1 Corinthians 13:4-7 gives it to us straight about what love is and what it isn’t: 4 Love is patient and kind. Love is not jealous or boastful or proud 5 or rude. It does not demand its own way. It is not irritable, and it keeps no record of being wronged. 6 It does not rejoice about injustice but rejoices whenever the truth wins out. 7 Love never gives up, never loses faith, is always hopeful, and endures through every circumstance. [NLT]

Those who don’t understand God’s definition of love might think that love doesn’t apply in certain situations – that maybe you need something, some action or positioning that is often seen as opposed to love, like strength or self-preservation – especially when you’ve been attacked by gossip, when a friend has been untrue, when you are arguing or being persecuted. 

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I used to occasionally watch a show called “What Not to Wear,” which took people (nominated by their friends) who had a terrible sense of style (or none at all) and helped them gain a better sense of how to pick clothes that were right for them. The style team explained why the person’s choices on attire were inappropriate or even ugly and, then, taught them how to pick clothes more appropriate for their age, figure and job. Then they gave them $5,000 to spend on a new wardrobe and sent them shopping in New York City! 

Let’s face it, without God, most humans put on the wrong behavioral attire every day. Galatians 5:19-21 [ESV] spells it out pretty clearly: Now the works of the flesh are evident: sexual immorality, impurity, sensuality, idolatry, sorcery, enmity, strife, jealousy, fits of anger, rivalries, dissensions, divisions, envy, drunkenness, orgies, and things like these. I warn you, as I warned you before, that those who do such things will not inherit the kingdom of God.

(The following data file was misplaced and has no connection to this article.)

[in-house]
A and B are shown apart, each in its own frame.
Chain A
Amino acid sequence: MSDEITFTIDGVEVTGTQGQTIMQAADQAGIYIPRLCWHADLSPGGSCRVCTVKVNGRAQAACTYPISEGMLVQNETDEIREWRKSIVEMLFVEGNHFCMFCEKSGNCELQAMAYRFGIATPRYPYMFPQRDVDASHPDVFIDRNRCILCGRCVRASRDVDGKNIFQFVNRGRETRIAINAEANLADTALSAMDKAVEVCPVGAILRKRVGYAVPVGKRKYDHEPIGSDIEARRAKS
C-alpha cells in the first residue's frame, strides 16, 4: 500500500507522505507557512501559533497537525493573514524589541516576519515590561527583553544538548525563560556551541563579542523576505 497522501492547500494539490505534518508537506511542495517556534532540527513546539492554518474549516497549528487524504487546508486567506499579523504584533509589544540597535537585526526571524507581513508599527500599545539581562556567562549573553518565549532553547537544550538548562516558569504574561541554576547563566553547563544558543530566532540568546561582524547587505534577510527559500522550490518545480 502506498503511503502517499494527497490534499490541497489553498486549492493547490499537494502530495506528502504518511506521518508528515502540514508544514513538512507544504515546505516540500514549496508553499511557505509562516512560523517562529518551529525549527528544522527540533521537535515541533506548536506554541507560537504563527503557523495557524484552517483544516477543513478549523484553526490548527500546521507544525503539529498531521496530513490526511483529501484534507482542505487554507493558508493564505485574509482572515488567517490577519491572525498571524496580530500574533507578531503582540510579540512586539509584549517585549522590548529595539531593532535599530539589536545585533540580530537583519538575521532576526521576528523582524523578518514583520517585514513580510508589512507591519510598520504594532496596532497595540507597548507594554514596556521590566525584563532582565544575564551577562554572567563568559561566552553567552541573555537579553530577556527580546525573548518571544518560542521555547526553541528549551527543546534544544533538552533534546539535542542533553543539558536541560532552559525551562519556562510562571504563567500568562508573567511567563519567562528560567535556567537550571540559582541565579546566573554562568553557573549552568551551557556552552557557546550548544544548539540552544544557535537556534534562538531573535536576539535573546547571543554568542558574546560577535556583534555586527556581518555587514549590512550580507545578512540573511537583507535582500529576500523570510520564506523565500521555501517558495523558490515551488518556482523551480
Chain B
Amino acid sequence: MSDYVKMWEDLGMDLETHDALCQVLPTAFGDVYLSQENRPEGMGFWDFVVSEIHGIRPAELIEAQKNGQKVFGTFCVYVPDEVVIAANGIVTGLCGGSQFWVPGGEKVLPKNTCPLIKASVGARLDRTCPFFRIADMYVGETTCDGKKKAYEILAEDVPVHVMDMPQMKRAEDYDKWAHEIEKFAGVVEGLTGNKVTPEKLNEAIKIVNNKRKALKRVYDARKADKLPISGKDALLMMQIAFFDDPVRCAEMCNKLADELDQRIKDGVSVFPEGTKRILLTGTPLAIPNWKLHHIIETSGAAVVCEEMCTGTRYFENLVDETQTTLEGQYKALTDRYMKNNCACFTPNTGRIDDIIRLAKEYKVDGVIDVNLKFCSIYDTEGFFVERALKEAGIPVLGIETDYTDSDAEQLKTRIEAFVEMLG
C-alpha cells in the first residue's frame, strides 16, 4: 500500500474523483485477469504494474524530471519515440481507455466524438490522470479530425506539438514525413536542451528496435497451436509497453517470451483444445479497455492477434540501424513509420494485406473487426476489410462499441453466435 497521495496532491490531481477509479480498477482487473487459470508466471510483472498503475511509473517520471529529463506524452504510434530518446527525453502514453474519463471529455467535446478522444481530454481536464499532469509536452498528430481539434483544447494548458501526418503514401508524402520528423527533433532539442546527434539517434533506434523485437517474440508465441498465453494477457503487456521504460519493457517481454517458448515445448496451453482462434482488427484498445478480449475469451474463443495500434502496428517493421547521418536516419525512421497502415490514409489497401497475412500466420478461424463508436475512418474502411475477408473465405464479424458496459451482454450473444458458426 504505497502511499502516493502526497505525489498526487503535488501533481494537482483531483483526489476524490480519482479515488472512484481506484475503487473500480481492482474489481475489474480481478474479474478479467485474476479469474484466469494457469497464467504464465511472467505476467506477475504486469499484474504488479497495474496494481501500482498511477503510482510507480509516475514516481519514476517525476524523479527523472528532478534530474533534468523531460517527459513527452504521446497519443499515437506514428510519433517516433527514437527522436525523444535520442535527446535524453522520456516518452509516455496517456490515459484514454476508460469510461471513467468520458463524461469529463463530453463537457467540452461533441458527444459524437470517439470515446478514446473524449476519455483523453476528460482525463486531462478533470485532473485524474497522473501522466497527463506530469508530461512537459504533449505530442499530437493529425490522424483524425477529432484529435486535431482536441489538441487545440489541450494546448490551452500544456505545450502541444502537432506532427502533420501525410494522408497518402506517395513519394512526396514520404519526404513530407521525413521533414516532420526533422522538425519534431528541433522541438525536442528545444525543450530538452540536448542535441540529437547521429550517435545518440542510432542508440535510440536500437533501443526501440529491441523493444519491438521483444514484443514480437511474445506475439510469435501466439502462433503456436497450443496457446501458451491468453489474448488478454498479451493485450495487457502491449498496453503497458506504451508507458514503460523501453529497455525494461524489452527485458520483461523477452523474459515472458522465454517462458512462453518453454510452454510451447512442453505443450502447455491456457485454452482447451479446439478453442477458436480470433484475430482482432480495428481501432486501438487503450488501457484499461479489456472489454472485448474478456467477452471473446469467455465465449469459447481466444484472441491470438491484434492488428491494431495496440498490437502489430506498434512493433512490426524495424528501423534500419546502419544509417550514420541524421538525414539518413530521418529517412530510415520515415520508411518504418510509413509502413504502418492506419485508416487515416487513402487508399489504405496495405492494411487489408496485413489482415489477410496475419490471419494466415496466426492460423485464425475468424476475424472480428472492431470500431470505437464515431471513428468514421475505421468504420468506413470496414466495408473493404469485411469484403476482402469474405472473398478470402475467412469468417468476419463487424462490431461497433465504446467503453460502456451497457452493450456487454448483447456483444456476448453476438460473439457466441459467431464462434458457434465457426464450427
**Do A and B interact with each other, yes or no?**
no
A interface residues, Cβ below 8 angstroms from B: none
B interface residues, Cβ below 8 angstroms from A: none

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The morning after my family’s two-day Thanksgiving gathering, it is quiet in the house and the cleanup begins. This was a mild and quiet Thanksgiving for us, since not even half the family was in town. I hope those of you who celebrated the US Thanksgiving (at home or abroad) this year, also had a day filled with family and friends, good food and great conversation. 

Even though we had a significantly smaller group than usual this year, there was still a pile of laundry to do (I think every potholder and dishtowel was dirty), trash to empty and leftovers to be dealt with – not to mention photos to post and a few extra pounds to shed.

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It’s Thanksgiving time in the USA. Time for great debates like: “stuffing or dressing?”; “pea-can pie or pea-con pie?”; “frosting or icing?” and “fresh cranberries or canned?” 

I much prefer these debates to the political ones raging online and on TV. But, frankly, I’m going to eat my fill of the foods I like, whatever you call them. I like all the traditional foods of the American Thanksgiving holiday. My family has special dishes we only make this time of year. And we stuff ourselves with all the good and bountiful food that God has blessed us with each year.